Since December 2016, Fordham University has refused to grant official recognition to a chapter of Students for Justice in Palestine (“SJP”) based on the group’s political views. That may come to an end soon, however, as a New York court this week ordered Fordham to recognize the student organization.
The SJP students filed their lawsuit against the school back in April 2017, after the dean of students overturned the student government’s decision to approve SJP for recognition late the previous year. In his decision, the dean cited the group’s support for the Boycott, Divestment, and Sanctions movement and asserted that “the purpose of the organization” would lead to “polarization” of the campus community. That decision landed Fordham on FIRE’s 2017 list of America’s 10 worst schools for free speech.
After several years in court and a packed hearing in January 2018 — during which Fordham gave shifting justifications for refusing SJP recognition — Judge Nancy M. Bannon of the state trial court denied the school’s motion to dismiss the suit and granted SJP’s petition to overrule the dean and uphold the student government’s decision.
At a public university, the rejection of SJP on this basis would be an obvious First Amendment violation, as well-worn jurisprudence prevents a university from denying recognition to student groups because it disfavors their message or mission. Fordham is a private institution and therefore not bound by the First Amendment. However, it makes multiple public promises that its students enjoy freedom of expression, proclaiming that the “expression of controversial ideas and differing views is a vital part of University discourse.”
And those promises count. Under New York law, even a private university must adhere to its public commitments to its students. As was the case in SJP’s suit, aggrieved students may challenge a decision by their private institution on grounds that it was “arbitrary or capricious” or deviated from the school’s written policies.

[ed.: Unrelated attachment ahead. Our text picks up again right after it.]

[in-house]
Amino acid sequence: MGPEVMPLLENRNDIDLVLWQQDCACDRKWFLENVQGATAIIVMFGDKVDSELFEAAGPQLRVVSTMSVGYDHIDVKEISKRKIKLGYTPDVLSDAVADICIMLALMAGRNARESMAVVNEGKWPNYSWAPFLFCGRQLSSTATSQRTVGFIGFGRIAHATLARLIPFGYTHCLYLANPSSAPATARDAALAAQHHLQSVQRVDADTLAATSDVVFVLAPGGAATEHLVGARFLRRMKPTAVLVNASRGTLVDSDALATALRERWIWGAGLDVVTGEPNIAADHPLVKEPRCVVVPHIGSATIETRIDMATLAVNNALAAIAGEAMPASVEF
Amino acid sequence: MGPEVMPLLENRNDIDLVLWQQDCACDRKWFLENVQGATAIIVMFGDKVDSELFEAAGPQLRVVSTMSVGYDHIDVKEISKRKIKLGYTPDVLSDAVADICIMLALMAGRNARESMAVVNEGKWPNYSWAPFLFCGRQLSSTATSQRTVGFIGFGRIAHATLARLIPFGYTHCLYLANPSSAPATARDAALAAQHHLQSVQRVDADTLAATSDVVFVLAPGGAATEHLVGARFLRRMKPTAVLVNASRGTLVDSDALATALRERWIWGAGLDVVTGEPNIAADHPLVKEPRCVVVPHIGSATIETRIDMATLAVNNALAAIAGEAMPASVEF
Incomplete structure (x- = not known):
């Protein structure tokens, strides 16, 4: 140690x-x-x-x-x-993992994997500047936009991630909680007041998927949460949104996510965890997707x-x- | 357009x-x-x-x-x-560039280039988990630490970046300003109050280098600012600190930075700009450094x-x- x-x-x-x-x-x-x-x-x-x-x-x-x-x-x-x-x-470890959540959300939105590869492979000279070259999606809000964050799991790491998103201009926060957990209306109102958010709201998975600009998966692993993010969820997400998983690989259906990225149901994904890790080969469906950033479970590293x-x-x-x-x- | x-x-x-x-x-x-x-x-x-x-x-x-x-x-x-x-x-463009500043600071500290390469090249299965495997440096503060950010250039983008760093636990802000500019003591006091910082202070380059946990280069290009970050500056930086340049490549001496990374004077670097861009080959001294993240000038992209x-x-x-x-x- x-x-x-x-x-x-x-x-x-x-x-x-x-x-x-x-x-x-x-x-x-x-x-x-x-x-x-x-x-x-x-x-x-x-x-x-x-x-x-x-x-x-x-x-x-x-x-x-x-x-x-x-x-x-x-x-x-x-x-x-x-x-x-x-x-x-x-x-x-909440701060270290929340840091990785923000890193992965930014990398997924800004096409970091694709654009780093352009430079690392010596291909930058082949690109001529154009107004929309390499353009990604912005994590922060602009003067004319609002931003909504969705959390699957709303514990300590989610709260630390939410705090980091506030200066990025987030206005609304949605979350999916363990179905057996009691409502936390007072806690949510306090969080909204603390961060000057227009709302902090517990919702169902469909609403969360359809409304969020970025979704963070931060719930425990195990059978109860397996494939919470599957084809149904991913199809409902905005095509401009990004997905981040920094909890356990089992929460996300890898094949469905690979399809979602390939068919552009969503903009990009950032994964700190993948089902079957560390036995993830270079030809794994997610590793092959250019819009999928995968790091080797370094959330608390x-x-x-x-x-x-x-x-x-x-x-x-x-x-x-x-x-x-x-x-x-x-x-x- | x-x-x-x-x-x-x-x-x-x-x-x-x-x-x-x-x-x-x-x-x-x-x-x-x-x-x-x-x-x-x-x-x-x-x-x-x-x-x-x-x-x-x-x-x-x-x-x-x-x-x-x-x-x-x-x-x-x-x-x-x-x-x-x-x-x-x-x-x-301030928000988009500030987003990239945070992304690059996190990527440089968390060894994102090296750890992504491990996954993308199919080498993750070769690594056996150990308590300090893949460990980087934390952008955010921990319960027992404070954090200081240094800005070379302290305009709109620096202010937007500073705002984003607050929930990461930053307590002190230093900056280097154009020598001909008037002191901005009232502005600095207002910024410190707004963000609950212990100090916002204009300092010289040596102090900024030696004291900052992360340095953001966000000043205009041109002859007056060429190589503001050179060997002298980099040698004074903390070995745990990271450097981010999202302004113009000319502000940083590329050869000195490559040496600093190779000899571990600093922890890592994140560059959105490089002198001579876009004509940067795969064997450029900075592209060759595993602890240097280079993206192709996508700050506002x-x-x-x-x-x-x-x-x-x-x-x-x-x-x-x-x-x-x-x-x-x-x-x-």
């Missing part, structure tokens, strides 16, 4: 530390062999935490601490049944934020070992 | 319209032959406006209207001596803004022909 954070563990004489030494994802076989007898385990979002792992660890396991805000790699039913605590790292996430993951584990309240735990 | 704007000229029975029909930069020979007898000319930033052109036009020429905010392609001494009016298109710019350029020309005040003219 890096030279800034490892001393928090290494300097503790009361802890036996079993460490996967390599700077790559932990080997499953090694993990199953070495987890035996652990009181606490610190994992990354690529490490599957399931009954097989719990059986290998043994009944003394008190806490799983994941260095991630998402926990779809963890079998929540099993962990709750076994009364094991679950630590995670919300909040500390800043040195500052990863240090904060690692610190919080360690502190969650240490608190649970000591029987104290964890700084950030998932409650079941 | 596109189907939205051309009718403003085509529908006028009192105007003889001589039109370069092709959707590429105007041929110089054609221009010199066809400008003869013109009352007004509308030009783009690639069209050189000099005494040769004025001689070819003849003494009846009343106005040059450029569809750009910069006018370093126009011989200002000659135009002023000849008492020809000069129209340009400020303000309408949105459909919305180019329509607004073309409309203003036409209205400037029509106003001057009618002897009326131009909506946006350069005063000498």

Although this standard can be fairly deferential to institutions, Judge Bannon made clear that a university may not throw out its own rulebook to prevent a student group from expressing political views it finds controversial. The court noted that Fordham failed to abide by its published rules governing student club recognition, thereby imposing an extra layer of scrutiny and allowing the dean to veto the student government’s decision even though the rules made student government the last stop in the process. Moreover, although the rules allowed the dean some discretion in evaluating a club’s application, the court emphasized that “this discretion is neither unlimited nor unfettered.” As Judge Bannon wrote:
The issue of whether a club’s political message may be polarizing is not enumerated or identified as a relevant factor in any governing or operating rules, regulations, or guidelines issued by Fordham, and appears to have been arbitrarily considered by Dean Eldredge after input from others who are critical of SJP’s political beliefs. Importantly, consideration of whether a group’s message may be polarizing is contrary to the notion that universities should be centers of discussion of contested issues.
The court further cited Fordham’s mission statement, which purports to “guarantee the freedom of inquiry,” in reasoning that “the consideration and discussion of differing views is actually part of Fordham’s mission, regardless of whether that consideration and discussion might discomfit [sic] some and polarize others.”
Judge Bannon concluded that the dean’s decision to deny SJP’s recognition based on disfavored political views was “arbitrary and capricious” in light of the record and Fordham’s policies.
FIRE has long argued that private institutions like Fordham — although not bound by the First Amendment — have a moral and legal duty to live up to the promises they make to their students and community to uphold free inquiry, expressive and associational rights, and academic freedom. We’re gratified to see Fordham held to its commitments in no uncertain terms by the New York state court. We’ll keep readers updated if the university appeals the ruling.